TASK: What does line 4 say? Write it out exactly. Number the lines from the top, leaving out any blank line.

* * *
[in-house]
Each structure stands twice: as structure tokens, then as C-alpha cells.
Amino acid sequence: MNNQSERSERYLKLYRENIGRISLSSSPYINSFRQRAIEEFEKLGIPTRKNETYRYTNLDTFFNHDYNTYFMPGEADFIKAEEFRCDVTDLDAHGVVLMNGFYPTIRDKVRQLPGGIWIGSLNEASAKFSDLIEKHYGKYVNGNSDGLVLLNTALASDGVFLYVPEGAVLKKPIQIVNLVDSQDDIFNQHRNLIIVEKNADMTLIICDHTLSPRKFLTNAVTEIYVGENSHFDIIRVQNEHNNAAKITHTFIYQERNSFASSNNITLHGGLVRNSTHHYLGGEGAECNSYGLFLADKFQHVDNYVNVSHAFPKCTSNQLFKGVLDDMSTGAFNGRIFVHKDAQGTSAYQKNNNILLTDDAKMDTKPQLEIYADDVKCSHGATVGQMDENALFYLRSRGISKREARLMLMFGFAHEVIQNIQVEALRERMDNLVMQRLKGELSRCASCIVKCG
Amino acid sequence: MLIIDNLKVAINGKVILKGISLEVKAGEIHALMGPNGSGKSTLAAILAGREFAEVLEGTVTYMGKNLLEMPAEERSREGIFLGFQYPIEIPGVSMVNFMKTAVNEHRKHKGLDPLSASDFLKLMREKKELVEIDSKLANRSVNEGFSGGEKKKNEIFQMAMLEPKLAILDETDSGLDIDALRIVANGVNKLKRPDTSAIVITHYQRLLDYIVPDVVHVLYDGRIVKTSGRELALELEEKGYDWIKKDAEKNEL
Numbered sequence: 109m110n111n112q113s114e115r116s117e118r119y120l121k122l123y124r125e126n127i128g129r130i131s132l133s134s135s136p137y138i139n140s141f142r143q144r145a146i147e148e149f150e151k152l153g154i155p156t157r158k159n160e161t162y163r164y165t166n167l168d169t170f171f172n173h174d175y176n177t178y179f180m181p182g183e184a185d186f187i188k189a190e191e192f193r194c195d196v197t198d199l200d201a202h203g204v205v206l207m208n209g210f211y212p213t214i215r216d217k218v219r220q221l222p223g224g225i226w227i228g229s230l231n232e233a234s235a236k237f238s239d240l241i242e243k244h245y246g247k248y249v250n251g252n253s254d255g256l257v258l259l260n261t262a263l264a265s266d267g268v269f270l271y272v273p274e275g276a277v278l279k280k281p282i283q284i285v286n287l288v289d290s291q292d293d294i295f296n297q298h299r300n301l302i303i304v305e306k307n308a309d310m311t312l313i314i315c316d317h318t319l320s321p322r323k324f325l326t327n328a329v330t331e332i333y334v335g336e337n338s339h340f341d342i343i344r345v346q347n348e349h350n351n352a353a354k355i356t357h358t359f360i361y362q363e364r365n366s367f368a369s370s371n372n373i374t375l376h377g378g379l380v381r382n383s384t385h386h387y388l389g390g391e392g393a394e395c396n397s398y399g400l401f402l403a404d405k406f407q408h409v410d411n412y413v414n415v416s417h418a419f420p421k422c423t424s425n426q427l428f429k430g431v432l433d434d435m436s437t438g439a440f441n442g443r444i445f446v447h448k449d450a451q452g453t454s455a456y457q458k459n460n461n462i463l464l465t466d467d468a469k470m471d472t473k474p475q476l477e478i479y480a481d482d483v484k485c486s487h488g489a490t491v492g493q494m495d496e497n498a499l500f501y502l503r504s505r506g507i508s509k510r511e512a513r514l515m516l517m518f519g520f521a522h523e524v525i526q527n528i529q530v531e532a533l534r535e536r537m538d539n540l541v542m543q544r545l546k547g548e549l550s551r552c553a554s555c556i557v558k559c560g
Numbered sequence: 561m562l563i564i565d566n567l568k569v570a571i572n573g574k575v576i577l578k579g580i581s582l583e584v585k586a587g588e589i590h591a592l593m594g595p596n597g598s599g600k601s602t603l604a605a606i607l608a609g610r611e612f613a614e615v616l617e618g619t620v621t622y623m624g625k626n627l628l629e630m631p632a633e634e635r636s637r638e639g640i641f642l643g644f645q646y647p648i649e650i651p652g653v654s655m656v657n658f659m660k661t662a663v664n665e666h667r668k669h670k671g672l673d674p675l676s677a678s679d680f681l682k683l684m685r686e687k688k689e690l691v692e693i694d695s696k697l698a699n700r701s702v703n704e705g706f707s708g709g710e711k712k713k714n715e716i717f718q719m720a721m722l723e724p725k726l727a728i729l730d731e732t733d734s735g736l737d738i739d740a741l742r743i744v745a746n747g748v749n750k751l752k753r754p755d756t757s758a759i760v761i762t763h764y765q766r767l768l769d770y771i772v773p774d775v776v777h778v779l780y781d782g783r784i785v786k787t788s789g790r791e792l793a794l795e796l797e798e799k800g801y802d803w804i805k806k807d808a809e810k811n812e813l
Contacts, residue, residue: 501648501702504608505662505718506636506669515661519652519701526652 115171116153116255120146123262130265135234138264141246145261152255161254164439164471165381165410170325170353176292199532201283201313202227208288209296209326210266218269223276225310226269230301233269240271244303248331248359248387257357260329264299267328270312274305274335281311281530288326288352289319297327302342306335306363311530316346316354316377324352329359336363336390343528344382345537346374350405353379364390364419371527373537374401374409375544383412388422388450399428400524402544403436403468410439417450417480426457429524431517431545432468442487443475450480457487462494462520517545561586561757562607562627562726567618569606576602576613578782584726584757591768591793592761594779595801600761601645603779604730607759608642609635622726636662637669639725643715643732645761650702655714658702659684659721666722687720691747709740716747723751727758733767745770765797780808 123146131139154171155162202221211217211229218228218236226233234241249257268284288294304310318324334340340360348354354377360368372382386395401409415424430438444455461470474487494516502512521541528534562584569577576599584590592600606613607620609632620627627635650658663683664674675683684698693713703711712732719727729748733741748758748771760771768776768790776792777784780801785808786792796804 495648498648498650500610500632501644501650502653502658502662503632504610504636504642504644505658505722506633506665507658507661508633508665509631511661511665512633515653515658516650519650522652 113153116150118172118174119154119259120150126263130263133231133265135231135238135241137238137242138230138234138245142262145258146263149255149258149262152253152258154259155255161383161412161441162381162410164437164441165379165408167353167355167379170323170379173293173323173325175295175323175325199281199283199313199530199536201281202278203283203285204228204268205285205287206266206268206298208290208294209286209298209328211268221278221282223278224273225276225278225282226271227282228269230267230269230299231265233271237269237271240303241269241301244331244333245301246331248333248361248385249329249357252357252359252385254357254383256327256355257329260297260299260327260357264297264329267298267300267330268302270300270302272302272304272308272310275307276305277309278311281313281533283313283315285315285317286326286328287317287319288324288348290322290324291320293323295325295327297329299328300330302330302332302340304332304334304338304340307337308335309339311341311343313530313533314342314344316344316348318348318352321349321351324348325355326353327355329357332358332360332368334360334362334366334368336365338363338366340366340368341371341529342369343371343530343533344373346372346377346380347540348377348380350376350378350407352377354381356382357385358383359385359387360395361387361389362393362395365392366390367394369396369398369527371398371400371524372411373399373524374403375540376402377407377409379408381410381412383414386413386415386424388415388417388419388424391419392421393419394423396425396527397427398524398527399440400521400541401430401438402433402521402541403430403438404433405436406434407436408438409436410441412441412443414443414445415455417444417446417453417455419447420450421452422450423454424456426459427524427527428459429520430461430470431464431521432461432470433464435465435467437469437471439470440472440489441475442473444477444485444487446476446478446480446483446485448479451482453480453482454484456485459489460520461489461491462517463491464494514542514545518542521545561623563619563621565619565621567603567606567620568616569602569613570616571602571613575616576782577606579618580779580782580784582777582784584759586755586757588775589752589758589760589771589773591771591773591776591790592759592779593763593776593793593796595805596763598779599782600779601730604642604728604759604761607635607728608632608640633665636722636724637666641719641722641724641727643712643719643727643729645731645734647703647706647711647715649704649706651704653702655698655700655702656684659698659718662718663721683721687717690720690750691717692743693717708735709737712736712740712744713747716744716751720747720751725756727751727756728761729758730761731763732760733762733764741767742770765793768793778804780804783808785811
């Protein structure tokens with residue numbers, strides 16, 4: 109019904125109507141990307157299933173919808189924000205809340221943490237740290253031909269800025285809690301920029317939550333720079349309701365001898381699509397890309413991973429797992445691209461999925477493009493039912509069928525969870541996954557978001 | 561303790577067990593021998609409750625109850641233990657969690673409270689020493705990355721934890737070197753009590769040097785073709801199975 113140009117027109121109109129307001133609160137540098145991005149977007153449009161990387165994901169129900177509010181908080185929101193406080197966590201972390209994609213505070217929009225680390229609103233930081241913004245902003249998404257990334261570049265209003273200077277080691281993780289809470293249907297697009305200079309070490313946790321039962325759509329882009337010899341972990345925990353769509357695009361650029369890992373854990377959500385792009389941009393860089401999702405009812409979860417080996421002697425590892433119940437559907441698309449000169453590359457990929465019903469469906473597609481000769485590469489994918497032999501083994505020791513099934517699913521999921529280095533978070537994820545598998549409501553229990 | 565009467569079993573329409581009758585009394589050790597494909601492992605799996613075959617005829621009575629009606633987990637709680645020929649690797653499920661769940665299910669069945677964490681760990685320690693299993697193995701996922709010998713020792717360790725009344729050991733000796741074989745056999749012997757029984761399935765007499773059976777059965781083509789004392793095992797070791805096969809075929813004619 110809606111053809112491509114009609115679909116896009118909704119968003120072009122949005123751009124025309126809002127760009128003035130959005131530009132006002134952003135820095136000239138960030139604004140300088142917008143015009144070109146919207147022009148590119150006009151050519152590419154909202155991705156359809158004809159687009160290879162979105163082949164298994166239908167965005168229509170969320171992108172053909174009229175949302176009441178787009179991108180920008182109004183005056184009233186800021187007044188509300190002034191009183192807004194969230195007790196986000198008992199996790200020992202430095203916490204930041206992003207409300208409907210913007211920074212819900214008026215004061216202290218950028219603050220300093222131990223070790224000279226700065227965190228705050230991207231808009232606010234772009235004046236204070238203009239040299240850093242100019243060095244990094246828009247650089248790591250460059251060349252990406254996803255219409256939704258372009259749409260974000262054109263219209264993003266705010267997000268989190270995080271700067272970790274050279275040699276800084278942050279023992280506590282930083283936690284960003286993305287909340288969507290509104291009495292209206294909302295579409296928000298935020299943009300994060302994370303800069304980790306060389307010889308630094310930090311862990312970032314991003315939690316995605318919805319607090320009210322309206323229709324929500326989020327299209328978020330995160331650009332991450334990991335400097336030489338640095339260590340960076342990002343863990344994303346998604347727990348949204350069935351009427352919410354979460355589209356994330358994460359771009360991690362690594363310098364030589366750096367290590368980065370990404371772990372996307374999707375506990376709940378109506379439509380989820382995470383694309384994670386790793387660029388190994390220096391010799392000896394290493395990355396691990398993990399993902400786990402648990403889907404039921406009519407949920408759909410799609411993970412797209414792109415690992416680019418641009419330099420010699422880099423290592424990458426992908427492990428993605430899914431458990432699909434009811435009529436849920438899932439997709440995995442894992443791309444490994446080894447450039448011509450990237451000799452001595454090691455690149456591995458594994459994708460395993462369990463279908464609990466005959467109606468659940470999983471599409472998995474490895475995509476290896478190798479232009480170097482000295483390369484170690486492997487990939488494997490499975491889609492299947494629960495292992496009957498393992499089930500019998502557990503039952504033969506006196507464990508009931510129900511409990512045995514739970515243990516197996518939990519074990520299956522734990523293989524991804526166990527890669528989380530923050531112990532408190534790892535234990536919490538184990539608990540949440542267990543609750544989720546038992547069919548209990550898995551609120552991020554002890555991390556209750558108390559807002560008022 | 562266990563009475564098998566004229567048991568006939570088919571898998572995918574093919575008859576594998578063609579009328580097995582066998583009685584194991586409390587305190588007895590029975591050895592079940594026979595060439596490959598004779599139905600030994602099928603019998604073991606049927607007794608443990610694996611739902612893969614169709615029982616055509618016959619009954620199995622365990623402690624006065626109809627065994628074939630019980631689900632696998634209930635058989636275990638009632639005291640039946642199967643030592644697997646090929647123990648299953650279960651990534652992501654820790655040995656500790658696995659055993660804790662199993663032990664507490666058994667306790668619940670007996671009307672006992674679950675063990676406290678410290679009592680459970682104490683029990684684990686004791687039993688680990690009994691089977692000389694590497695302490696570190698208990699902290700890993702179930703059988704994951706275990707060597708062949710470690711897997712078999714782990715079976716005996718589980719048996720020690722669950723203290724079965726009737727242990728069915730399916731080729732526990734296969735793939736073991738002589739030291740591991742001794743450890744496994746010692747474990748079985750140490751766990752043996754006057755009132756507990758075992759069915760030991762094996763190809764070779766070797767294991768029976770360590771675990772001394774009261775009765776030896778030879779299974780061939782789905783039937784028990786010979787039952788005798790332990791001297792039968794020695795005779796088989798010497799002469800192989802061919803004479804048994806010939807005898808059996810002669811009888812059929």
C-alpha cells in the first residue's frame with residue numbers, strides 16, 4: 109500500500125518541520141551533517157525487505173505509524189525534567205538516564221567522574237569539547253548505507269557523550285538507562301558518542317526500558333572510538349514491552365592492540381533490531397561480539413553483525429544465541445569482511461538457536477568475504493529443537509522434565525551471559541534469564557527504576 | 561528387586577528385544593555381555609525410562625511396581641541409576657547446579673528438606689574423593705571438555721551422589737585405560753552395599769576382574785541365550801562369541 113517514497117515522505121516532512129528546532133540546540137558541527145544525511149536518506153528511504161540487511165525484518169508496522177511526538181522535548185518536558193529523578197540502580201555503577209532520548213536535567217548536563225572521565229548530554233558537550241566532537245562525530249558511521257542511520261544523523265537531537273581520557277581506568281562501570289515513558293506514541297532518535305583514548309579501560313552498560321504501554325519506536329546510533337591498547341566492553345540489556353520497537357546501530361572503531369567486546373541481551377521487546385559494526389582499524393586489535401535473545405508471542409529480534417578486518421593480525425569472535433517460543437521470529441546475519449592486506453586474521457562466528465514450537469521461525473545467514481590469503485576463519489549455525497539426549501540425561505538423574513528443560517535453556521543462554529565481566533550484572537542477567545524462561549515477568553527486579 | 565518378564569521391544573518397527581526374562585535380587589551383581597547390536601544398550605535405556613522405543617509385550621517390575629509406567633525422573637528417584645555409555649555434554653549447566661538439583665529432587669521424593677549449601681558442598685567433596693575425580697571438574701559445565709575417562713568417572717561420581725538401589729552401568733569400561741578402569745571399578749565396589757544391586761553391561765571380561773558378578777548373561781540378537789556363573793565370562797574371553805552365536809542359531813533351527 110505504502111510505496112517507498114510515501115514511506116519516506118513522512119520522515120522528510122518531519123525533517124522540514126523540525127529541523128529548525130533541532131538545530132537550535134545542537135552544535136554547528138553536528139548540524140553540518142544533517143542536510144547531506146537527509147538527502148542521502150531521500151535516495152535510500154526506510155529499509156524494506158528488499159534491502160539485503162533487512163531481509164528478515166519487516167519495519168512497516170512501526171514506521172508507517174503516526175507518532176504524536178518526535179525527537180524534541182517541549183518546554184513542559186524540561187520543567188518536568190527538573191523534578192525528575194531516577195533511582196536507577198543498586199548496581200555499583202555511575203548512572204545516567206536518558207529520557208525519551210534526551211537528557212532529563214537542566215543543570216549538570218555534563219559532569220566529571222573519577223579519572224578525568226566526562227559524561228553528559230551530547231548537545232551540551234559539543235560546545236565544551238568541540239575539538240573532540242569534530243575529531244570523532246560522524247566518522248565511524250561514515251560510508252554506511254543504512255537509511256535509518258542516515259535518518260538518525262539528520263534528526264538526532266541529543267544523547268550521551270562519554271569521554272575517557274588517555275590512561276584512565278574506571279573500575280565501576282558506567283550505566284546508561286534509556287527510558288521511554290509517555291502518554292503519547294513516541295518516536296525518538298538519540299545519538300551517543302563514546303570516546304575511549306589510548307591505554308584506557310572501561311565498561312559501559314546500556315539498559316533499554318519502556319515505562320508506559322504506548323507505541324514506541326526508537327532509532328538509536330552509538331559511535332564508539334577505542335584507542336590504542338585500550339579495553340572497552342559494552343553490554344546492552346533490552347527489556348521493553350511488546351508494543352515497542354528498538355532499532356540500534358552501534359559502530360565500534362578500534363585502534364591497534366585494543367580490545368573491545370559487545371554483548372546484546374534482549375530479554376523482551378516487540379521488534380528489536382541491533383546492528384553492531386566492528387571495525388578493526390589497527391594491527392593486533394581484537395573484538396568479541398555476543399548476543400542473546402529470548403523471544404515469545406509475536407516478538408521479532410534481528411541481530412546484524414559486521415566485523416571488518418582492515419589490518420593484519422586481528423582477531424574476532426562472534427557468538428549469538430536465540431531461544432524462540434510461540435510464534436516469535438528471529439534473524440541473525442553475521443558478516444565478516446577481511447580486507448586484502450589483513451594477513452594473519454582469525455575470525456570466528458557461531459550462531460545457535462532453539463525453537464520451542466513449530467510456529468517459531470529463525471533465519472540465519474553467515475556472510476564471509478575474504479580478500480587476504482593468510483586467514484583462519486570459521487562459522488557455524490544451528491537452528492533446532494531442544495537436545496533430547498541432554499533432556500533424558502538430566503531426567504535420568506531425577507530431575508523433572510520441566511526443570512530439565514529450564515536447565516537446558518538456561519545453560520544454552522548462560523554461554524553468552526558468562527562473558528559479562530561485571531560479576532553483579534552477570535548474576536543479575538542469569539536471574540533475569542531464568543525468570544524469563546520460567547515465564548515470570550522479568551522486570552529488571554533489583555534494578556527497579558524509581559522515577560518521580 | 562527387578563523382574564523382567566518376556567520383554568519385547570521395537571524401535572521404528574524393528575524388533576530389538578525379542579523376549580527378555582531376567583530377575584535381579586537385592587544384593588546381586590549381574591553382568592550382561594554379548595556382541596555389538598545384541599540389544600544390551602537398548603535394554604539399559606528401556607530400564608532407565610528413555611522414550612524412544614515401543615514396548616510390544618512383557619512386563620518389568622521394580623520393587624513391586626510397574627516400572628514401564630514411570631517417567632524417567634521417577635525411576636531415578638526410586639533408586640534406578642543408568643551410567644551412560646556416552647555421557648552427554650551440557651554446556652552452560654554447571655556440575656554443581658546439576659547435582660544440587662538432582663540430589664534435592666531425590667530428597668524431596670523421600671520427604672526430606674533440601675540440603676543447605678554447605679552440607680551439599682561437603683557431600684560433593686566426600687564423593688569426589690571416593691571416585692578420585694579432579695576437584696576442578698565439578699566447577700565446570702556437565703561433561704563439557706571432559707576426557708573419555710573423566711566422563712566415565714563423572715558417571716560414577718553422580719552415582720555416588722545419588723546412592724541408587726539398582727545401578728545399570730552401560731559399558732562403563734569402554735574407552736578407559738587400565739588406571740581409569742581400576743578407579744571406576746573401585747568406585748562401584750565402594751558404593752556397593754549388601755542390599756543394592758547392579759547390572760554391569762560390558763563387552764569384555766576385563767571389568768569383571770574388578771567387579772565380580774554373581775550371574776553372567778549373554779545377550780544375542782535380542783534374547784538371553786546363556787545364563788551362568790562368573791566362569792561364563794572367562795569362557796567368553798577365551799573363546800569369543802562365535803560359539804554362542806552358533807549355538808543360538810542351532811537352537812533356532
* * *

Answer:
Amino acid sequence: MLIIDNLKVAINGKVILKGISLEVKAGEIHALMGPNGSGKSTLAAILAGREFAEVLEGTVTYMGKNLLEMPAEERSREGIFLGFQYPIEIPGVSMVNFMKTAVNEHRKHKGLDPLSASDFLKLMREKKELVEIDSKLANRSVNEGFSGGEKKKNEIFQMAMLEPKLAILDETDSGLDIDALRIVANGVNKLKRPDTSAIVITHYQRLLDYIVPDVVHVLYDGRIVKTSGRELALELEEKGYDWIKKDAEKNEL